It was 7 pm on a Friday and we were lounging on couches in the living room, our eyes narrowed at the TV screen. My best friend sighed quietly and said, “I’ll never be like the girls on TV.”
I sensed the palpable envy coating her voice and wished I knew how to permanently erase that feeling.. But instead, I sneered and scoffed, “Who wants to look like that? It’s all fake anyway.”
I heard Nila mutter something that sounded suspiciously like, “I do,” but she let out a shaky laugh and dropped the subject. So we sat back, our eyes glued to the silver screen, drowning under the weight of our insecurities, hating the girls on TV and wondering how to be like them all at once.
“I’ll go make us some tea,” Nila said, standing up. She left in a hurry, as if she had to brew it quickly.
I was still watching the coloured images on the silver screen when mum walked in, putting on makeup for a girls’ night out with friends from work.
“They look so pretty.”
“Uhn?” Mum looked up to watch the girls plastered on the TV screen. “Hmm,” she replied with a smile.
A heavy silence hung in the air. I got off the couch and made for the kabuki brush at her side of the couch. I slowly swirled the brush on my face, as I had always seen mum do . “Can I be pretty?”
She paused mid-swipe of her lipstick and laughed. “Honey, of course you can be pretty.”
Mum gave a sort of smile that I had learnt was a mix of “I will tell you about it when the time is right” and ” Please don’t make me explain this incredibly complicated thing to you, I’m so tired now.”
“Oh, sweetie,” She bundled me in a perfumy hug. “You shouldn’t worry about such things- okay? Now go watch TV, and let me get ready. You don’t want mum to poke her eye out with her eyeliner.”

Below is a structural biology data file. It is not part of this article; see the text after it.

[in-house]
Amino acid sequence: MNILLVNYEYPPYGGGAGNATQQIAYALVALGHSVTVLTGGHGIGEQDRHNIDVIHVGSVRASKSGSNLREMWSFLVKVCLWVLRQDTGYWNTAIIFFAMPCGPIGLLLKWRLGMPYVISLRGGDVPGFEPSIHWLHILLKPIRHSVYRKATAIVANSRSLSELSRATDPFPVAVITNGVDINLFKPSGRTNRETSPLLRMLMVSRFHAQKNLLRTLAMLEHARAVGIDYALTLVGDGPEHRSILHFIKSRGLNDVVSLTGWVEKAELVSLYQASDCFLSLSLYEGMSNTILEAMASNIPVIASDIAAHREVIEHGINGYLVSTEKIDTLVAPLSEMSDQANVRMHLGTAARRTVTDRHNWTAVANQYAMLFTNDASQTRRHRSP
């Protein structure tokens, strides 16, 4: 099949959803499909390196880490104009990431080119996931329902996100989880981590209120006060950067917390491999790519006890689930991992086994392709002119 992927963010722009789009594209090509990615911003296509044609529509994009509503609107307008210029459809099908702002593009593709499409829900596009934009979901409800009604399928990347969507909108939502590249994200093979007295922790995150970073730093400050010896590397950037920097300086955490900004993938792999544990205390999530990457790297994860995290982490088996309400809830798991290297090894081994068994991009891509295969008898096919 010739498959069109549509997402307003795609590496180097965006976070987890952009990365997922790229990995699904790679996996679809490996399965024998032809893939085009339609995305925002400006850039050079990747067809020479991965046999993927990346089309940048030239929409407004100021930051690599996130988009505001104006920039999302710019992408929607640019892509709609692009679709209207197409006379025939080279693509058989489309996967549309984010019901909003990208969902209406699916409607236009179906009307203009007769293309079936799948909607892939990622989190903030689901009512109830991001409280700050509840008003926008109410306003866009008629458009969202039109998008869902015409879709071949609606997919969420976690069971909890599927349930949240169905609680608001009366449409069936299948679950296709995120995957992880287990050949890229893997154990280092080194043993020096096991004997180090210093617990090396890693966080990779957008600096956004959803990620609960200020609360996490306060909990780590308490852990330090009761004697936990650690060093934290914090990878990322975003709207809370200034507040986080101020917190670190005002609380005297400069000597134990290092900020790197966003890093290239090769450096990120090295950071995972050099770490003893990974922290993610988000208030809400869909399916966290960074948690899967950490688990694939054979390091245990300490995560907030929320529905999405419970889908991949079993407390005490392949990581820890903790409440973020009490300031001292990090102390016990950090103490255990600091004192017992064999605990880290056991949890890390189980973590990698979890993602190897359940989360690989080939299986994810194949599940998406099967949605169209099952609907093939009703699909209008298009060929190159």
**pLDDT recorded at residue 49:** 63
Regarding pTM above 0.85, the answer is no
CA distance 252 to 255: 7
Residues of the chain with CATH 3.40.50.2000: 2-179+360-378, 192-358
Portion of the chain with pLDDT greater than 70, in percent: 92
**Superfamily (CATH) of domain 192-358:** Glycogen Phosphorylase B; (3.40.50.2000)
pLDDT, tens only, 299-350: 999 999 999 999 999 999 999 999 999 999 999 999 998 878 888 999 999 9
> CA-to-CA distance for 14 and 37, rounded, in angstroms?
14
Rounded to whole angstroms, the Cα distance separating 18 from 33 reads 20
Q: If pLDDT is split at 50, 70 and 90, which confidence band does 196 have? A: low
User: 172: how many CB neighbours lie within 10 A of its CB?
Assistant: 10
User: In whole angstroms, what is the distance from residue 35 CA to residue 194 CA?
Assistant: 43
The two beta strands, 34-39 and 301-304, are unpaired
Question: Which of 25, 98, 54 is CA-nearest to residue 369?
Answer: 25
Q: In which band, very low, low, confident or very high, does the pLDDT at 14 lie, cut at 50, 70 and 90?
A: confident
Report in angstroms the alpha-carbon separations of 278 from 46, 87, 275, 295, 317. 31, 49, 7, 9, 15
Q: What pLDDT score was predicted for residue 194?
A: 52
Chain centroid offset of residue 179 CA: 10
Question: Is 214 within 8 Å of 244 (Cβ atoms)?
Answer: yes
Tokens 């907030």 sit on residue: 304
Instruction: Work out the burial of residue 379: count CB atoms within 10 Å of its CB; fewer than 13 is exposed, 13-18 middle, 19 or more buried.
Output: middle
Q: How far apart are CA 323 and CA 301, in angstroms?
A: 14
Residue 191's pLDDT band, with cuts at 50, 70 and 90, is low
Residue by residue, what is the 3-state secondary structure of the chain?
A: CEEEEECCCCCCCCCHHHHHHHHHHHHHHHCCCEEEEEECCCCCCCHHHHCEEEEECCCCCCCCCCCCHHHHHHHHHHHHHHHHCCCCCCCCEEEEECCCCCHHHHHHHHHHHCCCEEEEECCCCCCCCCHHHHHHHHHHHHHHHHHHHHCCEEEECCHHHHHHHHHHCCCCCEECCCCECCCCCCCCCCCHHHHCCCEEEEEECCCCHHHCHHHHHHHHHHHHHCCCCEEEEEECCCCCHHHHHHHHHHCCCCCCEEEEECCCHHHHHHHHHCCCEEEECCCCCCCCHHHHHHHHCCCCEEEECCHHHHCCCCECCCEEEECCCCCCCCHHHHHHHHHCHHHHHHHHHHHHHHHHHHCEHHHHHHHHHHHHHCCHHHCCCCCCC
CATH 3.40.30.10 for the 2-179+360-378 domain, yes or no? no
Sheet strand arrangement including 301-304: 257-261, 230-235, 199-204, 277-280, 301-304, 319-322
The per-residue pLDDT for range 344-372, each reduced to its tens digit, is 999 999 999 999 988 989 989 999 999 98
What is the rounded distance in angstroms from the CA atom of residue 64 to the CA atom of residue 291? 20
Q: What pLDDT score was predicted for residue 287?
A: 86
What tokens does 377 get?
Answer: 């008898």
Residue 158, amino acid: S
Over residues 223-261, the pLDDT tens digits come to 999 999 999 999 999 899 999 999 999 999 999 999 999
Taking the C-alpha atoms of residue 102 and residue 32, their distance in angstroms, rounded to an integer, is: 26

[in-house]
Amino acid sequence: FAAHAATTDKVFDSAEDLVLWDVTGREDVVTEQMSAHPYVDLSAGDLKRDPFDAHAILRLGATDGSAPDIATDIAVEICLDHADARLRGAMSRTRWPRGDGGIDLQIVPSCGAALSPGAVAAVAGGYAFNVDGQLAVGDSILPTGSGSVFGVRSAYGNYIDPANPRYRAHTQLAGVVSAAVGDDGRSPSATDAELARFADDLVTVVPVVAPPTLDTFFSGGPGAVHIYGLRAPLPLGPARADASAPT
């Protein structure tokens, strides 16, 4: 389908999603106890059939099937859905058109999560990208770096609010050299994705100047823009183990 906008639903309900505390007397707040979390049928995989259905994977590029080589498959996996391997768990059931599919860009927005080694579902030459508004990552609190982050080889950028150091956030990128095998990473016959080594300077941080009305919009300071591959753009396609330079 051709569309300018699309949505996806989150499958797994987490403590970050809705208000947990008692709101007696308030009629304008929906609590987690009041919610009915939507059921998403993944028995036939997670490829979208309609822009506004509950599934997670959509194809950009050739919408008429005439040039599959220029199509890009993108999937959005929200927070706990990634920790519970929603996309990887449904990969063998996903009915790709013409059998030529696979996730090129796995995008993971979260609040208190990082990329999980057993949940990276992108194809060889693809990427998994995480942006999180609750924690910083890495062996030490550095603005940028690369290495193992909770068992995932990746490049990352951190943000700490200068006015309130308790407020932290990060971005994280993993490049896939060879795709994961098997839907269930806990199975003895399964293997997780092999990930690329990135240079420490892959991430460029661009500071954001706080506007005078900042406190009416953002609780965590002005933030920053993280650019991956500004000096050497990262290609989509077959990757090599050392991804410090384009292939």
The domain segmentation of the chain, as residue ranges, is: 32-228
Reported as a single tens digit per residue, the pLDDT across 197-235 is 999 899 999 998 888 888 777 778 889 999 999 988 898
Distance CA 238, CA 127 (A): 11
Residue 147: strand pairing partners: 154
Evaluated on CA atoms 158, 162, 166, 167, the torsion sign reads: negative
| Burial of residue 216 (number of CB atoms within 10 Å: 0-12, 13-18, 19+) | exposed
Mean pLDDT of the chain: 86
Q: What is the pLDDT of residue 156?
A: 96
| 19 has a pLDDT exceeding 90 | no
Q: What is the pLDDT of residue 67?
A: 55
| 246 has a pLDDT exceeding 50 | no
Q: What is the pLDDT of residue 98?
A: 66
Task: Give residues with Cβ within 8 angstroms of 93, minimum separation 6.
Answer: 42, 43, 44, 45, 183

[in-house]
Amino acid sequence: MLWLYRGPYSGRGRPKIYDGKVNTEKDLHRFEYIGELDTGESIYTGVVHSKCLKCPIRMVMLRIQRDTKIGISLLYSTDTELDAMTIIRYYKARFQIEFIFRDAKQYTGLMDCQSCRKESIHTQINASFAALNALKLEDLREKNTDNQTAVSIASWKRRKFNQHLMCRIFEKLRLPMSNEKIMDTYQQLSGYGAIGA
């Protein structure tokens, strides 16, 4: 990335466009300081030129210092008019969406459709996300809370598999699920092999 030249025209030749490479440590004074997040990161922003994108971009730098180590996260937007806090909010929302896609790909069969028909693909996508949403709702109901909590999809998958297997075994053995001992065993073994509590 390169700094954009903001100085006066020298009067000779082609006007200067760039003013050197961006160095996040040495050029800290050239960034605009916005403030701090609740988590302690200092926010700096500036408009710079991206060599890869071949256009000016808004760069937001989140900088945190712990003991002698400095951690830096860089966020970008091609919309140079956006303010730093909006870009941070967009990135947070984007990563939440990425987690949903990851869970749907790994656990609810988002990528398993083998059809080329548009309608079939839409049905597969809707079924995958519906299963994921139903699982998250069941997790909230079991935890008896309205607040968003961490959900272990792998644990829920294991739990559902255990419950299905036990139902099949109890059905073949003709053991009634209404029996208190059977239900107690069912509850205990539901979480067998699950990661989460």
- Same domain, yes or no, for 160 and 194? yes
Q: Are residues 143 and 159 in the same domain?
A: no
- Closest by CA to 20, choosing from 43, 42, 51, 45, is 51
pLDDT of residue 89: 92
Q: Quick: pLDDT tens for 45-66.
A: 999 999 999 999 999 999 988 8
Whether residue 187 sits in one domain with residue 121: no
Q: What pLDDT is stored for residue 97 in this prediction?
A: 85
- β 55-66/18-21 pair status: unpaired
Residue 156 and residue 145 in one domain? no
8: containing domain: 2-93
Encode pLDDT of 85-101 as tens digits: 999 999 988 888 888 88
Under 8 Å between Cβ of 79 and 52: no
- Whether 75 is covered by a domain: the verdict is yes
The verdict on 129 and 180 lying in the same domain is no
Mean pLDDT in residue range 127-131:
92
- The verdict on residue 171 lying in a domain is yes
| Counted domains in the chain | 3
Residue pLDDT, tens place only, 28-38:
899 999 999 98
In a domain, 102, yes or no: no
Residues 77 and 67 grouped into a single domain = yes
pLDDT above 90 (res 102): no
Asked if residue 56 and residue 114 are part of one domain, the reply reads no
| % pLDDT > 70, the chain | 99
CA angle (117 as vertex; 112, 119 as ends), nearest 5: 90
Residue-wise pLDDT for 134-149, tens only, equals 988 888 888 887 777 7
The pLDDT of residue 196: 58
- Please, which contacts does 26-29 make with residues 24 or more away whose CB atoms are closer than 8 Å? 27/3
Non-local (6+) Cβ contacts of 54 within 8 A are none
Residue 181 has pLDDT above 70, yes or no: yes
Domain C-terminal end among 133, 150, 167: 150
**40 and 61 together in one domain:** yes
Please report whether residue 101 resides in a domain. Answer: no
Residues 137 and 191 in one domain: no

I headed back to the couch and my eyes caught a retreating shadow in the hallway. “So, there were three of us in this conversation.” I shook my head and my lips pinched into a smile.
“Good evening, Mrs. Summer,” Nila said when she walked into the living room.
“Hey honey, how are you?”
“I’m fine,” she replied, giving me a bold look as she handed me a cup of green tea and sat beside me. Our thighs pressed against each other. We looked at one another and laughed. We never lost those flashes, those moments when we could tell what we were both thinking.
Mum’s look spelt surprise and amusement. “Alright then, keep your secrets. I know you two are up to something.”
We took the tiniest sips of our tea with our eyes glued to the moving images. Nila pulled a face and I nudged at her as we giggled. I still wonder if mum knew we would wear some of her blouses and tops when she was out and we were home alone.
At least until we got into high school- then we were able to borrow some from the mall goth friends we made.
Mahbubat Kanyinsola Salahudeen is a genre-bending writer from South Western Nigeria who has a great interest in fictional prose and confessional poetry. She has works featured/forthcoming at several places including Spillwords magazine, Brittle Paper, Ice Lolly, Arts Lounge, SprinNG journal, Litround journal and elsewhere.